What Colleges Look for in an Application

Whether your little one is quickly approaching graduation or just starting out their academic journey, it’s never too early to think about higher education opportunities. While it’s important to let children enjoy their time in primary and secondary schooling, it’s also worth preparing them for bigger and better things.

Setting them up in a competitive school district or providing them with a strong homeschool curriculum will show years later on their applications. For your convenience, here’s what colleges look for in an application.

Test Scores and Grades

The most obvious factor of any application that colleges look for is grades and test scores. These numbers determine how well a child retains knowledge and performs in the classroom. It also gives admissions officers a better idea of if your child will succeed at their institution.

The most valuable grades are college-level AP courses. Consider enrolling your children in these classes or providing an AP curriculum at home to better prepare them for their applications. Additionally, get them adequate tutoring as they approach the SATs and ACTs and research whether certain schools prefer one test to another.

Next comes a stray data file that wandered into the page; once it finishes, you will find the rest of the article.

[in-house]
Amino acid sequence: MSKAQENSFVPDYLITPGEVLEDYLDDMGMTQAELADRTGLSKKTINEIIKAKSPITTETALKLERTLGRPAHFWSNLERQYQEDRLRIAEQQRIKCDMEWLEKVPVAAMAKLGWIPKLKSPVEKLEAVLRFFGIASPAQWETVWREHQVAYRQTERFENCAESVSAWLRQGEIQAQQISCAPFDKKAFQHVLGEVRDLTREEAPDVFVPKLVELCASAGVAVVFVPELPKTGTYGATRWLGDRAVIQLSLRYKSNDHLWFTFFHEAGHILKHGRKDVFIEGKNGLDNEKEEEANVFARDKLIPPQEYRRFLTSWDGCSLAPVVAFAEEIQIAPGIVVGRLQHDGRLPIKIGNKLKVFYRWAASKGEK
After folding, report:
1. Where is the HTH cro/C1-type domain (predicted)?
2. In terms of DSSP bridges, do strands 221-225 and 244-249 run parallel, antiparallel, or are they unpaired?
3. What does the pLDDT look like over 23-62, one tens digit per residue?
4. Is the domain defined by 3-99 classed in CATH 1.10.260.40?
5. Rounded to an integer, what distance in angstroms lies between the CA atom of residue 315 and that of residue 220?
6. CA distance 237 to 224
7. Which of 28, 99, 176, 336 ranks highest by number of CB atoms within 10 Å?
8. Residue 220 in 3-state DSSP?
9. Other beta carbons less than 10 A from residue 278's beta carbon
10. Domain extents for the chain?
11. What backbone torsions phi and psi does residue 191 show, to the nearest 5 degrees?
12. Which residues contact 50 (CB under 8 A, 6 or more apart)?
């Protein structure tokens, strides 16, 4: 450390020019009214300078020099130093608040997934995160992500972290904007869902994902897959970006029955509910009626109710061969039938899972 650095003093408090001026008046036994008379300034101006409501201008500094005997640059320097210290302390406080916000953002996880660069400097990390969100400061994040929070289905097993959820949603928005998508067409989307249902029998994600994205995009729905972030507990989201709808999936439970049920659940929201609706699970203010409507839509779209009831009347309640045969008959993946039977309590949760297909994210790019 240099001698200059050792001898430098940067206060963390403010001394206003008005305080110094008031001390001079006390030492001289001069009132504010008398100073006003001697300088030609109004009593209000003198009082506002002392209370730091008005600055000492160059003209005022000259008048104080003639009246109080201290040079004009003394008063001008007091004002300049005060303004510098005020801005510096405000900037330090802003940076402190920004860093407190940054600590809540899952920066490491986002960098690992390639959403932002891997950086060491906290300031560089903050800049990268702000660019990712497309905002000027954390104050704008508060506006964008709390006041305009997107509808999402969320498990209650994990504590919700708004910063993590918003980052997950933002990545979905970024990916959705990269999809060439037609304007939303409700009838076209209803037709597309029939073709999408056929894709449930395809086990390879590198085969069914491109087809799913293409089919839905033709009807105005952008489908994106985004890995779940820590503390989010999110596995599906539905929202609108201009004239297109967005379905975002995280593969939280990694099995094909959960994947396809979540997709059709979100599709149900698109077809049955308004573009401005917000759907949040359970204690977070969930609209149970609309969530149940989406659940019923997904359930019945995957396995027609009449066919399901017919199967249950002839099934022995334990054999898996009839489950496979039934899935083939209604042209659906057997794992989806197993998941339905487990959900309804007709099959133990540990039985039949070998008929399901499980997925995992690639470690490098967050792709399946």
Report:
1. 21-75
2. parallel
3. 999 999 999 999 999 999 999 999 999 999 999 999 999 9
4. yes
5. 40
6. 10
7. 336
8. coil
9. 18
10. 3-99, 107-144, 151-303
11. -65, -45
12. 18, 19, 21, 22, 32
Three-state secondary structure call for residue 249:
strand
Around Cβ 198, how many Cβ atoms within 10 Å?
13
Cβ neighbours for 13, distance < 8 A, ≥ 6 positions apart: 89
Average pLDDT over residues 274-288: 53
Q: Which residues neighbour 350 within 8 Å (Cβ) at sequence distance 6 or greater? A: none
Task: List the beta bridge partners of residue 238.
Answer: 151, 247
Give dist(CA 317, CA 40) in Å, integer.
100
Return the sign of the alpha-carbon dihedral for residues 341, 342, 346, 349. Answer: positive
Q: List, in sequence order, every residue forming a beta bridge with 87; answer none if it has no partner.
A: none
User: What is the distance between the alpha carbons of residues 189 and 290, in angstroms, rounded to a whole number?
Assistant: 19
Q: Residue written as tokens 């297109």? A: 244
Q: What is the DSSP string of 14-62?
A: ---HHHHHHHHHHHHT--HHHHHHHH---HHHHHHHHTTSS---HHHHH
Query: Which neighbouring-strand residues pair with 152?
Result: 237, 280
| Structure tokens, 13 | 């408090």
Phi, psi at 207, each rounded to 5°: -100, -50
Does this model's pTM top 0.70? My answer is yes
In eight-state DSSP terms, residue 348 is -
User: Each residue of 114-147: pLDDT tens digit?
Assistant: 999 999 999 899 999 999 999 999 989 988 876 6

What Colleges Look for in an Application

Curriculum Strength

Every school in the nation has a few students who stand out with their grades and performance. So how do the top colleges pick from these children? They typically compare the strength of their curriculum.

Students who challenged themselves in higher-level courses show drive and the ability to retain complex information. Ensure your child strives for these courses and always provide them with strong curriculums if you homeschool.

Subject Diversity and Skills

Colleges also prefer applicants with a wide array of skills and subject diversity. Basically, students who complete a wide range of courses outside of the typical subjects have a higher chance of admission. Additionally, students with rare skills also receive more attention. The most impressive course among these is language classes, especially advanced levels (over levels II-III).

Early Spanish education prepares students for college as it rapidly develops the brain and gives children valuable skills. Multi-lingual individuals have more career opportunities than students without these skills. So consider starting your child in language classes as soon as possible.

When children are young, it’s best not to stress them over their future academic endeavors—let them enjoy their formative years. However, keeping them on the proper path toward success is never a bad idea. Use this guide to be aware of what colleges look for in an application.


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